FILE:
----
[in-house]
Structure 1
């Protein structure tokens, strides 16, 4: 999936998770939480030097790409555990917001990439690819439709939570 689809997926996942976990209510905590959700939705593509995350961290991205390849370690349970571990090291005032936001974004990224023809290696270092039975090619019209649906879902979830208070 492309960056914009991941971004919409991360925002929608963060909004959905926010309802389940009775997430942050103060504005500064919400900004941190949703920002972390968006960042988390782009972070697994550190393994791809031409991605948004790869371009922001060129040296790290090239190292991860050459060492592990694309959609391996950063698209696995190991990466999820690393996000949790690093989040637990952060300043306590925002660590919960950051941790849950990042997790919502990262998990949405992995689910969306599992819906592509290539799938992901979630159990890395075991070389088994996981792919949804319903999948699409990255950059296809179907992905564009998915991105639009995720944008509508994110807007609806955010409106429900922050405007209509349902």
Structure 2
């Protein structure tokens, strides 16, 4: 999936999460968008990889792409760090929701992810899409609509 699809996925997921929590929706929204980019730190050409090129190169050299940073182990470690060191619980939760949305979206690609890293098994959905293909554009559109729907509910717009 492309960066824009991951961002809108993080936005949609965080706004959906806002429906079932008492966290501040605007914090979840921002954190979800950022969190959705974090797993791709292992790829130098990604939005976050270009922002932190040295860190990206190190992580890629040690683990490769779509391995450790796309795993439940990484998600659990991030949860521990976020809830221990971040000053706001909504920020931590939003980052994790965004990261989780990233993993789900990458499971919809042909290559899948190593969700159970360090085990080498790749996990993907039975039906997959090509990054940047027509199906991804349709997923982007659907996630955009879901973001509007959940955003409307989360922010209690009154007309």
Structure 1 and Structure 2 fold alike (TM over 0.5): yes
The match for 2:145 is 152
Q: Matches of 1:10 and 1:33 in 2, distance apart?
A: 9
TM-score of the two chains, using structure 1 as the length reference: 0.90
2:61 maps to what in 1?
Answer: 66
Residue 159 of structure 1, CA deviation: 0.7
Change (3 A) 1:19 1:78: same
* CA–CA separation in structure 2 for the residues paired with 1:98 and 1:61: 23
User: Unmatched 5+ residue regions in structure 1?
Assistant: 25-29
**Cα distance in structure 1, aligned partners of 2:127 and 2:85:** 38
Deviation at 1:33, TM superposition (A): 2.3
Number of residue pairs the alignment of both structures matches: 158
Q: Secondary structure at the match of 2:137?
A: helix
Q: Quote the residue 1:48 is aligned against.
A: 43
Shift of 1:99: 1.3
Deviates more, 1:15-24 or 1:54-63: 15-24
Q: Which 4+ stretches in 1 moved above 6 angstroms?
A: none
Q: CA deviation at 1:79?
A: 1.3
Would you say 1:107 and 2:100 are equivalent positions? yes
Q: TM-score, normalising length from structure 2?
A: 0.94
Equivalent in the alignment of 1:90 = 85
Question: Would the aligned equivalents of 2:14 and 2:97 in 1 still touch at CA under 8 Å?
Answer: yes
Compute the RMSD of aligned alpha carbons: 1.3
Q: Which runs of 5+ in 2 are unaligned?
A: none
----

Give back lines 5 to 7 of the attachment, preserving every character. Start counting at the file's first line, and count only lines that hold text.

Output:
């Protein structure tokens, strides 16, 4: 999936999460968008990889792409760090929701992810899409609509 699809996925997921929590929706929204980019730190050409090129190169050299940073182990470690060191619980939760949305979206690609890293098994959905293909554009559109729907509910717009 492309960066824009991951961002809108993080936005949609965080706004959906806002429906079932008492966290501040605007914090979840921002954190979800950022969190959705974090797993791709292992790829130098990604939005976050270009922002932190040295860190990206190190992580890629040690683990490769779509391995450790796309795993439940990484998600659990991030949860521990976020809830221990971040000053706001909504920020931590939003980052994790965004990261989780990233993993789900990458499971919809042909290559899948190593969700159970360090085990080498790749996990993907039975039906997959090509990054940047027509199906991804349709997923982007659907996630955009879901973001509007959940955003409307989360922010209690009154007309």
Structure 1 and Structure 2 fold alike (TM over 0.5): yes
The match for 2:145 is 152